I joined The University of Queensland in 1983, following positions at Griffith University and Monash University, and was appointed Senior Lecturer in the Department of Microbiology in 1995; overseas research has included periods in the laboratory of Professor James T Staley, University of Washington, the Laboratory of Prof. Mike Rout in the Department of Cellular and Molecular Biology, Rockefeller University, and the Department of Microbiology, Radboud University of Nijmegen.
Member, American Society of Microbiology,
Member, Australian Society for Microbiology,
Member, Society for General Microbiology (UK)
Research in my laboratory is concerned with major questions in evolutionary microbiology, microbial cell biology and microbial ecology. It concentrates on the relevance of bacteria in divergent phyla such as Planctomycetes, Verrucomicrobia and Poribacteria to significant deep problems of biology such as the origin of the eukaryotic cell nucleus and eukaryotic cell skeletons, and in a second stream, on the diversity of the bacteria including planctomycetes and actinobacteria, of marine sponges and their relevance to natural product biodiscovery. Planctomycetes include bacteria such as the anammox planctomycetes, significant for environmental remediation and sustainability due to their ability to oxidize ammonia without the need for oxygen, and significant also for understanding the global nitrogen cycle as a major source of atmospheric nitrogen.
Planctomycete research – a window on evolution of the cell and cell biology
The planctomycete Gemmata obscuriglobus, which we have shown possesses a membrane-bounded nucleoid analogous to the interphase nucleus of eukaryote cells, is used as a model for study of planctomycete cell organization and its relevance to cell evolution, via ultrastructural and genomic approaches. We have recently made the major discovery of an endocytosis-like process in the bacterium G. obscuriglobus, a process previously thought to be restricted to eukaryotes. This process displays distinct molecular signatures of eukaryote cell biology, and its discovery has major implications for the understanding of the origin and evolution of the nucleus and endomembrane system of eukaryote cells. We are developing genetic systems for study of planctomycetes and approaches to characterizing the molecules underlying their cell biology via proteomics and genomics.
Sponge microbial community bacteria – a new resource for biodiscovery
In a connected effort to that on planctomycetes, we also study the diversity of bacteria associated with Great Barrier Reef marine sponges, with the aim of identifying microorganisms in these sponges possessing similar cell organization to that of plactomycetes. The bacteria of these sponges, including members of the novel actinobacterial genus Salinispora and their metagenome are being isolated and screened for genes responsible for polyketide antibiotic synthesis within the context of marine biotechnology and drug discovery. With Prof Nick Shaw of the School of Pharmacy and Dr John Hooper of Queensland Museum, we are exploring the diversity of Salinispora from sponges of the Great Barrier Reef and their potential for synthesis of diverse natural products including antibiotics and anti-cancer compounds and as a source of genes for natural product synthesis such as non-ribosomal peptide synthases. The anti-mycobacterial rifamycins and the anti-cancer staurosporines are two such compound classes we have detected in our cultures. We are also exploring the potential for planctomycetes to synthesize bioactive compounds via gene sequencing methods.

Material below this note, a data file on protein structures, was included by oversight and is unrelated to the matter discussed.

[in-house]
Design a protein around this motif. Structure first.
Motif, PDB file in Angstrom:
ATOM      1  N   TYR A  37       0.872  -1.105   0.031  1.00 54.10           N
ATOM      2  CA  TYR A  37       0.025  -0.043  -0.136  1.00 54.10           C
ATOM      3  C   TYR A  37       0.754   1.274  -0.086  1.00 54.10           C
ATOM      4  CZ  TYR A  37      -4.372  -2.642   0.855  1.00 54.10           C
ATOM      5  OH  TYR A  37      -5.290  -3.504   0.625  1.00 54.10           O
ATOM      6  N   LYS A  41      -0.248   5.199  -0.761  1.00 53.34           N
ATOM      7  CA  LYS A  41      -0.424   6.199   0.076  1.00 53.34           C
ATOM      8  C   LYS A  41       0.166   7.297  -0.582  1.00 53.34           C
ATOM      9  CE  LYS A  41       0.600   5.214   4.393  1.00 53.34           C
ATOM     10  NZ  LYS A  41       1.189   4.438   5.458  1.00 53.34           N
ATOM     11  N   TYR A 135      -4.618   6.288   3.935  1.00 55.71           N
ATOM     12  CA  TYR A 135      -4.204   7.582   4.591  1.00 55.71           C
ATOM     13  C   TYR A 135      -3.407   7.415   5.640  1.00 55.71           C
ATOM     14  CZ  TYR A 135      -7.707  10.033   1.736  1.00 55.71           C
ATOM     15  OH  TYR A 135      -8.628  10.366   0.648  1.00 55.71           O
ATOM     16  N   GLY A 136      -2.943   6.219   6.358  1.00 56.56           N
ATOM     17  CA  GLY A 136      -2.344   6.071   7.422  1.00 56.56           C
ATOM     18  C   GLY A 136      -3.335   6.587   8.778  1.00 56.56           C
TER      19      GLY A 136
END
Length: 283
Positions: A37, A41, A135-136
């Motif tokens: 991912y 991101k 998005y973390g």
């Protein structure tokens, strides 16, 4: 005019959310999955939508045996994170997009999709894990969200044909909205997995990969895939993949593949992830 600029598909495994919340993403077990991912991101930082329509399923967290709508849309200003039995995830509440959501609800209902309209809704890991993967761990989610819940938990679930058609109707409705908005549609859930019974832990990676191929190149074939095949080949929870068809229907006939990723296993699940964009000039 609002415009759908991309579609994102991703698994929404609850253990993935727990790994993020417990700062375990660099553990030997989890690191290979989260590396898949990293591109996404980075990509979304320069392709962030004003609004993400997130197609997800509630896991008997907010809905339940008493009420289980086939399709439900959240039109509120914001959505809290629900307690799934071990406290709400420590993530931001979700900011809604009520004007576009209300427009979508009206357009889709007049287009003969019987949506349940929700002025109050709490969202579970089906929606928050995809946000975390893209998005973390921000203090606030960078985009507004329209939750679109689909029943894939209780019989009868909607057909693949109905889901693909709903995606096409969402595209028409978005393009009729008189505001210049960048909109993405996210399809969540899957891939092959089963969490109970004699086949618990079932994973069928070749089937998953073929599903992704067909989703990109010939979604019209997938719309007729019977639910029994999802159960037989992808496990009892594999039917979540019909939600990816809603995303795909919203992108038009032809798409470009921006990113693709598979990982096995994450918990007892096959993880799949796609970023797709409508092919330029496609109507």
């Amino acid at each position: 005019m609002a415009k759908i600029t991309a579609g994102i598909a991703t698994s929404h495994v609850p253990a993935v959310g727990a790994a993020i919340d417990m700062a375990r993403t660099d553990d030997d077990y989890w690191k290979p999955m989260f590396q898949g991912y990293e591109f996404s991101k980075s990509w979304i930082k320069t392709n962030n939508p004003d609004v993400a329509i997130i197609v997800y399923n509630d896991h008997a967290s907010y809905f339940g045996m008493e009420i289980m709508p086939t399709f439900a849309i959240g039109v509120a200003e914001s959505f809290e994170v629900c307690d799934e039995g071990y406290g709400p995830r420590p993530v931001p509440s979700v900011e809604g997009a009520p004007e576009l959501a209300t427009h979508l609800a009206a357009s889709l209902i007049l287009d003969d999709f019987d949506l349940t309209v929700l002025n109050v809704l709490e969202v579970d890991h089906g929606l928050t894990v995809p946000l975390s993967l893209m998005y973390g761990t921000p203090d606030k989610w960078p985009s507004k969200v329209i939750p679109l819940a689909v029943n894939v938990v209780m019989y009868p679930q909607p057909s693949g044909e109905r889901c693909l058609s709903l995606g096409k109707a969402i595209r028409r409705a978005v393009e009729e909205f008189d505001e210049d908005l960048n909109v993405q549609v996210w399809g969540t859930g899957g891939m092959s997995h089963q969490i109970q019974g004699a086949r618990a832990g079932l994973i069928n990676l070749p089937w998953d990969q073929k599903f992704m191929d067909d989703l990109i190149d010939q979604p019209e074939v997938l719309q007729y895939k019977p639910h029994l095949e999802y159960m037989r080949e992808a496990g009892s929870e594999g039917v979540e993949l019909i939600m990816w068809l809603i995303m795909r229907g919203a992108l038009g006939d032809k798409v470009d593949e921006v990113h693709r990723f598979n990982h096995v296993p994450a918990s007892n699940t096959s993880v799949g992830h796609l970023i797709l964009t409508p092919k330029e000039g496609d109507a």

Prof Dr Dirk Schüler, Ludwig Maximilians University, Munich, Germany
Dr Laura van Niftrik and Prof Dr Mike S.M. Jetten, Radboud University of Nijmegen, The Netherlands
Prof James T Staley, University of Washington, USA
Dr Josef Franke, Carnegie-Mellon University, USA
Dr Damien Devos, European Molecular Biology Laboratory, Heidelberg, Germany
Professor Nigel Goldenfeld and Institute for Genomic Biology Fellow Dr Nicholas Chia, University of Illinois at Urbana-Champaign
Prof Ute Hentschel, University of Wurzburg, Germany
Prof Michael P Rout, Rockefeller University, USA
Professor P. Nicholas Shaw, School of Pharmacy
Associate Professor Bernie Carroll, School of Chemistry and Molecular Bioscences
Dr John Hooper, Queensland Museum
Richard I Webb, Centre for Microscopy and Microanalysis
ARC Discovery Prject 2008-2010
Nuclear structure and function in the nucleated planctomycete bacterium Gemmata obscuriglobus: a third cell plan for living organisms?
Total value of grant: $255,000
ARC LInkage Project Grant 2008-2011
Diversity of Salinispora actinobacteria producing pharmaceutically relevant natural products from Australian marine sponges
total value of grante: $94,881
Recent teaching was in Molecular microbiology, microbial diversity, microbial biotechnology
Recent postgraduate supervision (2010): 5 PhD students, 2 Honours students
Planctomycetes: Cell Structure, Origins and Biology, edited by Professor Fuerst, is available via the publisher's website.
Details can also be found via http://www.springer.com/life+sciences/book/978-1-62703-501-9
Fuerst, John A. and Sagulenko, Evgeny (2013) Towards understanding the molecular mechanism of the endocytosis-like process in the bacterium Gemmata obscuriglobus. Biochimica et Biophysica Acta (BBA): Molecular Cell Research, In Press, Uncorrected Proof : 1-7
on potential molecular mechanisms of endocytosis-like protein uptake in the planctomycete Gemmata obscuriglobus